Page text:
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Modeline magic

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created 2002 · complexity basic · version 6.0

Options set in your vimrc will apply to all files that you edit. You can also set:

  • Different options for all files of a certain type (for example, all *.py files). See filetype.vim and filetypes and an example.
  • Different options for a particular file using modelines (this tip).

Note that the 'modeline' option must be set in order to take advantage of this tip. This option is set by default for Vim running in nocompatible mode, but some notable distributions of Vim disable this option in the system vimrc for security. In addition, it is off by default when editing as root. See :help 'modeline' for more information.


For example, in a particular file you may want each tab character that you type to be expanded to spaces. To achieve this, put the following modeline near the top or the bottom of that file:

# vim: set expandtab:

The space between the comment opening and vim: is required, otherwise the modeline will not be recognized.

The modeline cannot be anywhere in the file: it must be in the first or last few lines. The exact location where vim checks for the modeline is controlled by the modelines variable; see :help 'modelines'. By default, it is set to 5 lines.

In a Python file, the '#' starts a comment so the modeline is not interpreted by Python.

The following examples show some alternatives that could be in a C file:

// vim: noai:ts=4:sw=4
/* vim: noai:ts=4:sw=4
/* vim: set noai ts=4 sw=4: */
/* vim: set fdm=expr fde=getline(v\:lnum)=~'{'?'>1'\:'1': */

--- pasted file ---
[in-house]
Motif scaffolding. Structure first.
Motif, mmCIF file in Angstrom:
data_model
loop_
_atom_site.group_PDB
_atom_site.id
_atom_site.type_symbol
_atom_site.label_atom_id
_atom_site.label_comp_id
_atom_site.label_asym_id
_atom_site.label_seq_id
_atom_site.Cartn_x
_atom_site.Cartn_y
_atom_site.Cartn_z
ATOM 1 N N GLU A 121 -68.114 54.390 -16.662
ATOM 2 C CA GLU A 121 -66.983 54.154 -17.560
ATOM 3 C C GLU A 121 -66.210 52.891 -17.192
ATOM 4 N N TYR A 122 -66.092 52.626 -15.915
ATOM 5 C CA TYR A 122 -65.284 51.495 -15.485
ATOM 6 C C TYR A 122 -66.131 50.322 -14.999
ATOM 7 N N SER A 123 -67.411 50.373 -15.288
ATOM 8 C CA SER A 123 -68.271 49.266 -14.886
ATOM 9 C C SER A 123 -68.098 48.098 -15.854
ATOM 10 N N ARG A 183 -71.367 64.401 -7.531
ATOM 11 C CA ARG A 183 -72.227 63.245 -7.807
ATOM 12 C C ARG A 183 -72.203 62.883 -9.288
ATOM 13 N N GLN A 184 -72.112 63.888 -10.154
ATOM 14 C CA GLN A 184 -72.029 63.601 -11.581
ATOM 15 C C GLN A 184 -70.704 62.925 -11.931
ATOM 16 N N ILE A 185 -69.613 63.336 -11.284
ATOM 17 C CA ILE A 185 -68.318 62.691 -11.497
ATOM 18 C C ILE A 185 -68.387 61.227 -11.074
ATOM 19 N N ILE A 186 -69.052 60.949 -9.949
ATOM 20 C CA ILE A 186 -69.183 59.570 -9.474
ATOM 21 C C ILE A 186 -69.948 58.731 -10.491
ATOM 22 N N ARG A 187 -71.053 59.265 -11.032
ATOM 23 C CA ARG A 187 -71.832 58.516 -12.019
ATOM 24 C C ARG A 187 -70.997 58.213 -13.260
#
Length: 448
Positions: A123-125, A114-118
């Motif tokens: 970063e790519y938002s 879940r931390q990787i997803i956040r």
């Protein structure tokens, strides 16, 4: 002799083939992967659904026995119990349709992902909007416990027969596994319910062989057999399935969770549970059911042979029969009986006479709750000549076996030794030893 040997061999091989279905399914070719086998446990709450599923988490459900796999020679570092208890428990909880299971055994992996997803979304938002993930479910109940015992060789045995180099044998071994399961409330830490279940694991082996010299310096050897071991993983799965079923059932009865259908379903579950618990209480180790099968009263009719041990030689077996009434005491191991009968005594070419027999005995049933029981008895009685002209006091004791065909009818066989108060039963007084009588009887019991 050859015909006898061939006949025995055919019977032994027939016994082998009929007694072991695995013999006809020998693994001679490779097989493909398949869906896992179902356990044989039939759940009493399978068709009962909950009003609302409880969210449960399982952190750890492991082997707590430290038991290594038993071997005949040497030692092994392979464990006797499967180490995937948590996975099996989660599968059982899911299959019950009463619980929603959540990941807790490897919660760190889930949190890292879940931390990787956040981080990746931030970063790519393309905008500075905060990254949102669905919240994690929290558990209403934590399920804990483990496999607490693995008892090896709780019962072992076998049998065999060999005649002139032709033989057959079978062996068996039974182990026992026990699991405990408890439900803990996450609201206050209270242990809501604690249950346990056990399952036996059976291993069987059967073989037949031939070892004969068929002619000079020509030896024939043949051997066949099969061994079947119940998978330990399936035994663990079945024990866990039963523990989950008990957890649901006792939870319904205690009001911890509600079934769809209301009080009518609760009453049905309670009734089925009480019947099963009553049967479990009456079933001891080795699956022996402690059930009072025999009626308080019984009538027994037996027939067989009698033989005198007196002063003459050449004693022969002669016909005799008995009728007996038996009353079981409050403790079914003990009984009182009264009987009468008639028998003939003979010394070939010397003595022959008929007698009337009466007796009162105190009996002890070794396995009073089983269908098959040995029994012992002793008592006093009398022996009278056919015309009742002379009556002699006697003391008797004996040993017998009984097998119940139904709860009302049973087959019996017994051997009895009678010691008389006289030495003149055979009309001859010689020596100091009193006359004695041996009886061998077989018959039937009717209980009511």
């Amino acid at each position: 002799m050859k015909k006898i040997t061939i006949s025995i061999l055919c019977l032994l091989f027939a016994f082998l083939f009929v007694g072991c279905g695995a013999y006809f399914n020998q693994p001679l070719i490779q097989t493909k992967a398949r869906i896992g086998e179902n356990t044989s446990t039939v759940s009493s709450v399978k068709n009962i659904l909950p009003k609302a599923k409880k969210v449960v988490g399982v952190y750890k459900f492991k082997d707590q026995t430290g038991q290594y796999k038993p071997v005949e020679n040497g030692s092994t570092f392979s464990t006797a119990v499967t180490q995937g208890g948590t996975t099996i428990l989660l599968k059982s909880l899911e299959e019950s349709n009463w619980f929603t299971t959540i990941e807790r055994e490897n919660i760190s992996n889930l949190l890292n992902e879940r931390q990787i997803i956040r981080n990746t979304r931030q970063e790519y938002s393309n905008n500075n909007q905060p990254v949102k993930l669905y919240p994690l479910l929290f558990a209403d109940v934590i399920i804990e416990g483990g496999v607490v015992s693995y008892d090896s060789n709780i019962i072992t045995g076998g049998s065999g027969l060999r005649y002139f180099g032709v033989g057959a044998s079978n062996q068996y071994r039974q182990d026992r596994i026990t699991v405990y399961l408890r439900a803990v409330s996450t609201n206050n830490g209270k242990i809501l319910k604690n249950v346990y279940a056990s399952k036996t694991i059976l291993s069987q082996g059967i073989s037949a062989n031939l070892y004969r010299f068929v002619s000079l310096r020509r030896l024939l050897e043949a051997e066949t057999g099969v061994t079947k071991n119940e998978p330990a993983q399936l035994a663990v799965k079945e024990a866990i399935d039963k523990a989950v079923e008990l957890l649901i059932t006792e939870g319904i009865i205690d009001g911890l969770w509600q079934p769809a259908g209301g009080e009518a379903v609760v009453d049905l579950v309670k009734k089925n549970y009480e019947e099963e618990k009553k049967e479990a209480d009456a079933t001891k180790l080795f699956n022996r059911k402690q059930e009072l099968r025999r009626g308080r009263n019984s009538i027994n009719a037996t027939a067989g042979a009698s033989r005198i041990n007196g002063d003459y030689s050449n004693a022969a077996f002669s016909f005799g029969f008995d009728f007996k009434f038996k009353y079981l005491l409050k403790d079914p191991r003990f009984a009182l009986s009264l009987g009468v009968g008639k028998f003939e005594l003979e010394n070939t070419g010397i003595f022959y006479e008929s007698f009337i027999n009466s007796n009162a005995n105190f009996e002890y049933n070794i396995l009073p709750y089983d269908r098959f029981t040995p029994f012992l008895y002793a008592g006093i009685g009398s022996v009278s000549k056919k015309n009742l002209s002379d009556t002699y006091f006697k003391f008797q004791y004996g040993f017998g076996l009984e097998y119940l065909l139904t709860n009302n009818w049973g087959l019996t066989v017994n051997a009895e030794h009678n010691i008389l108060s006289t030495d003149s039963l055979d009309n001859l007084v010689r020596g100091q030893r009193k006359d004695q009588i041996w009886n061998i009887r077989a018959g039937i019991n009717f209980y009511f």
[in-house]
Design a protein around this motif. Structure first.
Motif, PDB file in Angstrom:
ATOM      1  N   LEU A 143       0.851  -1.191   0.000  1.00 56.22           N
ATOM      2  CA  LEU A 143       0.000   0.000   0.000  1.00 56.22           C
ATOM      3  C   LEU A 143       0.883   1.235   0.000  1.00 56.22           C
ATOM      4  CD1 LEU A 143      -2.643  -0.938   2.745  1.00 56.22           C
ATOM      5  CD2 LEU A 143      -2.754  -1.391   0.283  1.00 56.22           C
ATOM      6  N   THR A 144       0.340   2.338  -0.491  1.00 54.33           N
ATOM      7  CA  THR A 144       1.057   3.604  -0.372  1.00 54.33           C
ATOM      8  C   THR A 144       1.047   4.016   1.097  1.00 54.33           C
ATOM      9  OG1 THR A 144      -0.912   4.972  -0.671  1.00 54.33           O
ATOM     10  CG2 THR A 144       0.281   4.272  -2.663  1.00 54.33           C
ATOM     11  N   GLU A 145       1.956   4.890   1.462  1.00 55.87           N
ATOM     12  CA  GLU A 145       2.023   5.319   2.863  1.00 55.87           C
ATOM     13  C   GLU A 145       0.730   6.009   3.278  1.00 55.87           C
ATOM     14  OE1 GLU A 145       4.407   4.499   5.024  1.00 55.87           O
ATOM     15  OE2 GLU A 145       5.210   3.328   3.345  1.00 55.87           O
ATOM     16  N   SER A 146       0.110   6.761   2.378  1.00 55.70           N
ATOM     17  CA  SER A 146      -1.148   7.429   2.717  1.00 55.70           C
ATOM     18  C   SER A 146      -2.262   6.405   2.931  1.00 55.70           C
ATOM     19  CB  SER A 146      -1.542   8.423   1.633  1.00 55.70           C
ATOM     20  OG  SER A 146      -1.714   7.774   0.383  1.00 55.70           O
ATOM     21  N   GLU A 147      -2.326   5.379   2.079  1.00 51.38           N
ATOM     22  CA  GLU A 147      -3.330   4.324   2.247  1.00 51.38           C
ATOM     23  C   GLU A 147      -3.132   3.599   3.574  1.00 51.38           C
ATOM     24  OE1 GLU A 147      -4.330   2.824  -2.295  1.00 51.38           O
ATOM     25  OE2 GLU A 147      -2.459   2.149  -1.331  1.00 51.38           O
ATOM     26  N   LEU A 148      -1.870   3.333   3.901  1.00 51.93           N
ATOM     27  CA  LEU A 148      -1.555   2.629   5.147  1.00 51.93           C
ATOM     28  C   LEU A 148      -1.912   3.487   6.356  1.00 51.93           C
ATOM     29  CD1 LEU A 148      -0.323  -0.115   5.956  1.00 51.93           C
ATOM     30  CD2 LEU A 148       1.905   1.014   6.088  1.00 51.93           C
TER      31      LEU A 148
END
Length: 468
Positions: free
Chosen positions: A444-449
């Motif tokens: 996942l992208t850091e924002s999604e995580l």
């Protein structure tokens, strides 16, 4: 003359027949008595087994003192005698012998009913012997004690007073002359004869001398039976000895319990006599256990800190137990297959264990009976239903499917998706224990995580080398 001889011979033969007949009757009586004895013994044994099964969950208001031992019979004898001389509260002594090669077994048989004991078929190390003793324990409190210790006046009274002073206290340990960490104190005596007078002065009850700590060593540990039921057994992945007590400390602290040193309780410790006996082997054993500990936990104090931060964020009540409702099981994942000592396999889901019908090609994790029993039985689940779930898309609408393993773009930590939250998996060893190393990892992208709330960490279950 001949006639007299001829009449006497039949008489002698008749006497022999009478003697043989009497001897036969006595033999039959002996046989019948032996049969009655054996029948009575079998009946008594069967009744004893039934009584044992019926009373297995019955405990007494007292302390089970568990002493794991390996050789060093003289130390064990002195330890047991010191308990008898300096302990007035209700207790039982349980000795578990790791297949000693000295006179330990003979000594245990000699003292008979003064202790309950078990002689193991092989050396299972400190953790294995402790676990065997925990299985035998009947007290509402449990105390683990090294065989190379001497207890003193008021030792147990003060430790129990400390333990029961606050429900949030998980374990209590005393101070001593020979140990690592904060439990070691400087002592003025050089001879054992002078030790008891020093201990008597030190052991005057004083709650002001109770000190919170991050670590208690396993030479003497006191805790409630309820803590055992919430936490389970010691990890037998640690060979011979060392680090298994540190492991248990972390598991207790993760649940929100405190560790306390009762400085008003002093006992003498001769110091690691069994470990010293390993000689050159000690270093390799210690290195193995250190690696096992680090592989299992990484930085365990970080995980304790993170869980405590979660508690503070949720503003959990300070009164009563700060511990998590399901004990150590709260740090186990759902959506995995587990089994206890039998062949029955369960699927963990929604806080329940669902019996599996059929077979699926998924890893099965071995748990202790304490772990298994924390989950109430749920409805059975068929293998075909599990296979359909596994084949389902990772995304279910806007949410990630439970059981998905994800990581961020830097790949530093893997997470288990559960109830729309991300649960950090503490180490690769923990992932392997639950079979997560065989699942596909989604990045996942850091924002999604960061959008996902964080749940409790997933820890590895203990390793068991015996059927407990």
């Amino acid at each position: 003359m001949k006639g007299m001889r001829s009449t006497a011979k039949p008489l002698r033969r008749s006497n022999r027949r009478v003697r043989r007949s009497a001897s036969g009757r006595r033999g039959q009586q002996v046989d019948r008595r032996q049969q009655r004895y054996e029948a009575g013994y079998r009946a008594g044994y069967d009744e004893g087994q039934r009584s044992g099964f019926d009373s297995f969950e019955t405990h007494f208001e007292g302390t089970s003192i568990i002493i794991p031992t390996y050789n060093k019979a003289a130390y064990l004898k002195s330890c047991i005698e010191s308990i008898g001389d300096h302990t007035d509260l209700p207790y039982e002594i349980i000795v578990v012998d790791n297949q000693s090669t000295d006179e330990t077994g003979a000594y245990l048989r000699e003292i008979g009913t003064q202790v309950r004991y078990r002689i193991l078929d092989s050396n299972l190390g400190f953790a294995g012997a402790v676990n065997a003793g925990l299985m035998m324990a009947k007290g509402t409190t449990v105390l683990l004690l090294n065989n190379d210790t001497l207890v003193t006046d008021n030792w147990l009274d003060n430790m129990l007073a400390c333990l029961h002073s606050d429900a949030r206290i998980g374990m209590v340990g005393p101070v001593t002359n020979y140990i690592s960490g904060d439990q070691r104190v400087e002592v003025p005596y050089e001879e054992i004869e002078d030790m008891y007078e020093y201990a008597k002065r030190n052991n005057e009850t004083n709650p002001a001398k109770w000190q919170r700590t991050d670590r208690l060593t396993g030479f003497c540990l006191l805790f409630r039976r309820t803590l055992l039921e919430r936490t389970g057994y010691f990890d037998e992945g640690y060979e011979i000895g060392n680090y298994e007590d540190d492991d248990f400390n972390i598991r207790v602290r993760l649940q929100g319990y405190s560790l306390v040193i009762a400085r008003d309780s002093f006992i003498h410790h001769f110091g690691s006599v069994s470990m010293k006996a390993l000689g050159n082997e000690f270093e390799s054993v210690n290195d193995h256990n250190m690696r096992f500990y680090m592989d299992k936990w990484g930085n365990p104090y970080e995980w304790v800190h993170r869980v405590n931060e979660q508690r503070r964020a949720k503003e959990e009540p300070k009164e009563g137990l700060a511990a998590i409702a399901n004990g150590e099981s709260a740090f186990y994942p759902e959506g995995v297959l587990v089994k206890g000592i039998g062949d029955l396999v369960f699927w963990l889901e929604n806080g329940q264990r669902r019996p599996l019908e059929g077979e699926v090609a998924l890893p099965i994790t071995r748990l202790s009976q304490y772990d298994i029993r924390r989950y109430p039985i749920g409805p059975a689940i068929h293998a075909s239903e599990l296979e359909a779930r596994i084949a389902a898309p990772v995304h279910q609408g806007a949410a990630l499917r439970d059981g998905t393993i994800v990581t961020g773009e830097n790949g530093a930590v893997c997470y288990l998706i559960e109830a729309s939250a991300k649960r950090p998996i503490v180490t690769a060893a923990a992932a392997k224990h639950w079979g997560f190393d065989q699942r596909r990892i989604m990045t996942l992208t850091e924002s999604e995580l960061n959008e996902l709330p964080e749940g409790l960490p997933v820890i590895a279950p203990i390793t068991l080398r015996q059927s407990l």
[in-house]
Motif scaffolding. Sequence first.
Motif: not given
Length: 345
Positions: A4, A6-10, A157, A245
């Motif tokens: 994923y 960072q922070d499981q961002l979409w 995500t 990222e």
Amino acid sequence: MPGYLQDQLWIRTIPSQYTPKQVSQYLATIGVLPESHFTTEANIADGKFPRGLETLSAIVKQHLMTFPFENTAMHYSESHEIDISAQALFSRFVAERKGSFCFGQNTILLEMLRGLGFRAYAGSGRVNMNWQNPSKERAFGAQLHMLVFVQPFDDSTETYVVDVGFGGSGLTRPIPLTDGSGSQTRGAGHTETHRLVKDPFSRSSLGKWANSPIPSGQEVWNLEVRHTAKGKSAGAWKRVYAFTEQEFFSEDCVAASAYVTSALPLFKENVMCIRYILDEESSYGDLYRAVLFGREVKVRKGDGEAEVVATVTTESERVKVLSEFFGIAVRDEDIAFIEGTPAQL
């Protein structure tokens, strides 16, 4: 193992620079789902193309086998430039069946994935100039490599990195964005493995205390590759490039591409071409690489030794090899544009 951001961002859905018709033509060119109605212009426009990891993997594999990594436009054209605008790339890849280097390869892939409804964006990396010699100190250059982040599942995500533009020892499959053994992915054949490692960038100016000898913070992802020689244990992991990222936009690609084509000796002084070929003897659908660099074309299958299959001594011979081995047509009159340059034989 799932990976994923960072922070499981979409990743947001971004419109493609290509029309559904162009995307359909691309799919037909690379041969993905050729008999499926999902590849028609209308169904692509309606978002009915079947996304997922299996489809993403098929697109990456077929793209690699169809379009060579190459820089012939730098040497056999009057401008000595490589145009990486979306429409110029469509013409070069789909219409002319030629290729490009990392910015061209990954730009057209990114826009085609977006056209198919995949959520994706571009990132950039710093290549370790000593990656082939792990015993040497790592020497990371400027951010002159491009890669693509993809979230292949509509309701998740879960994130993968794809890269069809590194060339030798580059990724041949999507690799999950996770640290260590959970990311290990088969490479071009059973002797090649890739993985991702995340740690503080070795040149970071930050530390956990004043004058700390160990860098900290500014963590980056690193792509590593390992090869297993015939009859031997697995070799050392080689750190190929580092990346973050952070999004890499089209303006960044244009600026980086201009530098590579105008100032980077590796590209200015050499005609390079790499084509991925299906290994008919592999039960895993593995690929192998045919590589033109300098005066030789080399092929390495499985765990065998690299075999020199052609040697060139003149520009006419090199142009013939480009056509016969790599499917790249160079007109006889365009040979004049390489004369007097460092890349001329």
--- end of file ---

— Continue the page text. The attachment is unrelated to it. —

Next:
With "set", the modeline ends at the first colon not following a backslash. Without "set", no text can follow the options, so for example, the following is invalid:

Error E518: Unknown option: */
/* vim: noai:ts=4:sw=4 */

Adding a modeline

With the following in your vimrc and the default leader key, you could type \ml to add a modeline based on your current settings:

" Append modeline after last line in buffer.
" Use substitute() instead of printf() to handle '%%s' modeline in LaTeX
" files.
function! AppendModeline()
  let l:modeline = printf(" vim: set ts=%d sw=%d tw=%d %set :",
        \ &tabstop, &shiftwidth, &textwidth, &expandtab ? '' : 'no')
  let l:modeline = substitute(&commentstring, "%s", l:modeline, "")
  call append(line("$"), l:modeline)
nnoremap <silent> <Leader>ml :call AppendModeline()<CR>

In a C file, you would get a modeline like this:

/* vim: set ts=8 sw=4 tw=0 noet : */

Alternatively, you could use a simple menu entry, for example:

amenu Edit.Insert\ &modeline <C-\><C-N>ggOvim:ff=unix ts=4 ss=4<CR>vim60:fdm=marker<Esc>

Choosing the menu item would insert two modelines like this:

vim:ff=unix ts=4 ss=4



  • Need note on security implications of modelines and reference to alternatives.
  • Text other than "vim:" can be recognised as a modeline.
  • Google "vim modeline vulnerability" (without quotes) for information.



This mechanism can be extended to 'let' – see script#83.

See script#1876 - securemodelines

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